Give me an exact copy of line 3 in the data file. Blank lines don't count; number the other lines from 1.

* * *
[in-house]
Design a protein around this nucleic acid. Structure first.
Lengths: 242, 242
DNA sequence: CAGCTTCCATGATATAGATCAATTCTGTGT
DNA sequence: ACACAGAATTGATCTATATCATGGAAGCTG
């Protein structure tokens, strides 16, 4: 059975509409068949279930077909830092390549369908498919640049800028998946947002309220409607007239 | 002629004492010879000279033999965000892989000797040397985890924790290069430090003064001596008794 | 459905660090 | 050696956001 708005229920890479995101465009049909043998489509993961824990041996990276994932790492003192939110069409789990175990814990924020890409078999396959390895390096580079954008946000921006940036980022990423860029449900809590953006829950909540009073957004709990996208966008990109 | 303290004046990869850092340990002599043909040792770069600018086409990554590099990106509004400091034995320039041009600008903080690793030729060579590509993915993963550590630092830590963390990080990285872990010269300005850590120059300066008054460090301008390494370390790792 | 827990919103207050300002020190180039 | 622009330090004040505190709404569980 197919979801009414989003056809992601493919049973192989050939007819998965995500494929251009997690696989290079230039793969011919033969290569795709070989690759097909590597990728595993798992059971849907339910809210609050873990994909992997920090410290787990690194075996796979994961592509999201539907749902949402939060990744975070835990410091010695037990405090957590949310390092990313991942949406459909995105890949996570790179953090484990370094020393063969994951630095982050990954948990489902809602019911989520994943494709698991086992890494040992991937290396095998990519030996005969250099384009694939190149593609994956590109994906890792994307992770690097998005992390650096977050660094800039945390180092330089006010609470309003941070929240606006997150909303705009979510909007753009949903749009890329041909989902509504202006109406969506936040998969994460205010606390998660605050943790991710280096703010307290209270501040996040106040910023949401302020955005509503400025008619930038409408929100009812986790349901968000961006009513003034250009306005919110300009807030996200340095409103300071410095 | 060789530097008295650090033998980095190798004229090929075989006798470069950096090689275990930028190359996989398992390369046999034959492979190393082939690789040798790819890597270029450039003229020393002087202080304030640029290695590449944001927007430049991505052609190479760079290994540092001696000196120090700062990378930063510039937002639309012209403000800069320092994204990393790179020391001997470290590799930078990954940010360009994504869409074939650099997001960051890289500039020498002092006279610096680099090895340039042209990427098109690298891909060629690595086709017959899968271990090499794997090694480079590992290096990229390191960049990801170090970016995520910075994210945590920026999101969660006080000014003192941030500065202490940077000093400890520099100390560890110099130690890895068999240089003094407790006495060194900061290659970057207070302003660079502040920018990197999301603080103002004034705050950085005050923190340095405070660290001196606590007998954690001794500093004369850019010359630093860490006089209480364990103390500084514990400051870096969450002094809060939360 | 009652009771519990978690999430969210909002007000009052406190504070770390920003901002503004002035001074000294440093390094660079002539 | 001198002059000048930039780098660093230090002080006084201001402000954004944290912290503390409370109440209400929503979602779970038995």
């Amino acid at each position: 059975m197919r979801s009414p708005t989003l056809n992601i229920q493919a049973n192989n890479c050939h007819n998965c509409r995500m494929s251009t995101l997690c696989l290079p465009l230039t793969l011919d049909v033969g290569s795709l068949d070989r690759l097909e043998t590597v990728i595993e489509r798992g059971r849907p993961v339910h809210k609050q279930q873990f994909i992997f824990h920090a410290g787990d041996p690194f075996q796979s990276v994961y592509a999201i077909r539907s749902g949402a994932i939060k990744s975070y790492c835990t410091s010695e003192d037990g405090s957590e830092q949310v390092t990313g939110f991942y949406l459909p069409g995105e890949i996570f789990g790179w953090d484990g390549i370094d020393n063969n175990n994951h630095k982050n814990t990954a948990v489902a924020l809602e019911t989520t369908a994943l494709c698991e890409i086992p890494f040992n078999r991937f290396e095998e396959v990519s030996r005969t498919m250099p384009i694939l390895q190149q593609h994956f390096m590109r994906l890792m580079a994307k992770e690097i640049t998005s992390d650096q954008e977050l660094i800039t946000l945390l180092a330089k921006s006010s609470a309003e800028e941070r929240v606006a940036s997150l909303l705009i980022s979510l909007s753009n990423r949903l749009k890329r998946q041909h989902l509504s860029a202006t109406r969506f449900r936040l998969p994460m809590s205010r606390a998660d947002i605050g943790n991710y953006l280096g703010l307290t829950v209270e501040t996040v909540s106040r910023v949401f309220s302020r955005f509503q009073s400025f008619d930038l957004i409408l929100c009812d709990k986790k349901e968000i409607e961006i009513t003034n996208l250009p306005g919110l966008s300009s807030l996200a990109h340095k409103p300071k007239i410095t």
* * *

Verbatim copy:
Lengths: 242, 242